Finally, an end to negative political advertisements

Dominic Renzetti, Assistant Sports Edtior

Soon, election season will be over. I don’t hate elections. I don’t hate politics. I don’t hate government. I don’t hate any of that. I’m an adult now, so I think we’re past that.

What I do hate, though, are political ads on television. What I don’t hate is that I won’t have to see them anymore, for a while at least.

Even if you’re not a TV person (I’m not) you’ve probably seen the ads.

It starts off with a bad, out of context photo of the opposing candidate with a gloomy-doomy voiceover telling you about all the hearsay things this candidate may have said. It attacks with damaging quotes said by others about the candidate, and then it begs the question: is this really who you want? Is this it? This guy? Who said this? And did that? That’s your guy? Jeez.

But it doesn’t end there. Within a few weeks, you’ll have the rebuttal about what’s maybe-but-possibly-but-also-totally-not-true, and how Candidate A is a liar for calling Candidate B a liar. Soon enough after that, you’ll see a rebuttal for a rebuttal. It’s a vicious cycle of bad TV, with all the familiar signs of schoolyard bickering.

Like I said, I don’t hate politics. I do my best to research prospective candidates, find who can do what for me and who might be the best person for the job. I’m a good guy, right?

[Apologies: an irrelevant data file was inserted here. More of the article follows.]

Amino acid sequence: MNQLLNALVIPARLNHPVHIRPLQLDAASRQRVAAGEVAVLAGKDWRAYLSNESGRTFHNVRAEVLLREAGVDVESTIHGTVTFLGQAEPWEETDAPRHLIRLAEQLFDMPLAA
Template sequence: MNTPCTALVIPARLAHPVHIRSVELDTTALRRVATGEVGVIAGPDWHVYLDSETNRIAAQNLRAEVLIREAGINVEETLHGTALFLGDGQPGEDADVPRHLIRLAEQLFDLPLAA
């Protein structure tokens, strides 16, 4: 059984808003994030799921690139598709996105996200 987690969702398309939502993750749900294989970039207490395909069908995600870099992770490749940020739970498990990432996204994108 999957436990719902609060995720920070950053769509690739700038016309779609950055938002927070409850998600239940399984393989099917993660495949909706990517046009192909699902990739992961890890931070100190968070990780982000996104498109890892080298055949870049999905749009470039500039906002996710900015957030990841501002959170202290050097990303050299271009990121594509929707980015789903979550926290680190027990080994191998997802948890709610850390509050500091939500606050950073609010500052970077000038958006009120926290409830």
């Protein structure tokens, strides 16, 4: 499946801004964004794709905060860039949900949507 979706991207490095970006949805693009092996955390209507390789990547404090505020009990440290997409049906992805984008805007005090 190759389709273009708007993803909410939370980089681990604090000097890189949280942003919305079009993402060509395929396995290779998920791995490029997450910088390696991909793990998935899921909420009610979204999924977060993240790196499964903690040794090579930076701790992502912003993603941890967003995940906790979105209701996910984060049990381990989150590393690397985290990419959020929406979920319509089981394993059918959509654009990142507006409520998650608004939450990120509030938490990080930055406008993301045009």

I vote, so it doesn’t matter to me, but I can see how someone who doesn’t vote, or maybe is still unsure, could be turned off to voting all together as a result of being constantly bombarded by these ads.

Not too many of these ads actually tell you what these candidates are going to do for you, but more so, what the other guy can’t do.

To your average maybe-so-maybe-no voter, there’s a lot to take in.

Who to vote for, who’s running, running for what? Questions, so many questions, that these ads aren’t going to answer. Do these ads have to spell out in big block letters what’s going on to Johnny Uninformed? No, but Johnny hates seeing this stuff on his TV, and I’m with him, even if he doesn’t know what he’s watching.

Maybe it’s not all Johnny’s fault (it kind of is), but these ads really don’t do much to dispel the greedy, slimy stereotype that politicians have.

I try to give people (even politicians, who, contrary to popular belief, are people, too) the benefit of the doubt, but are these ads really helping anyone? Seems like just a waste of time.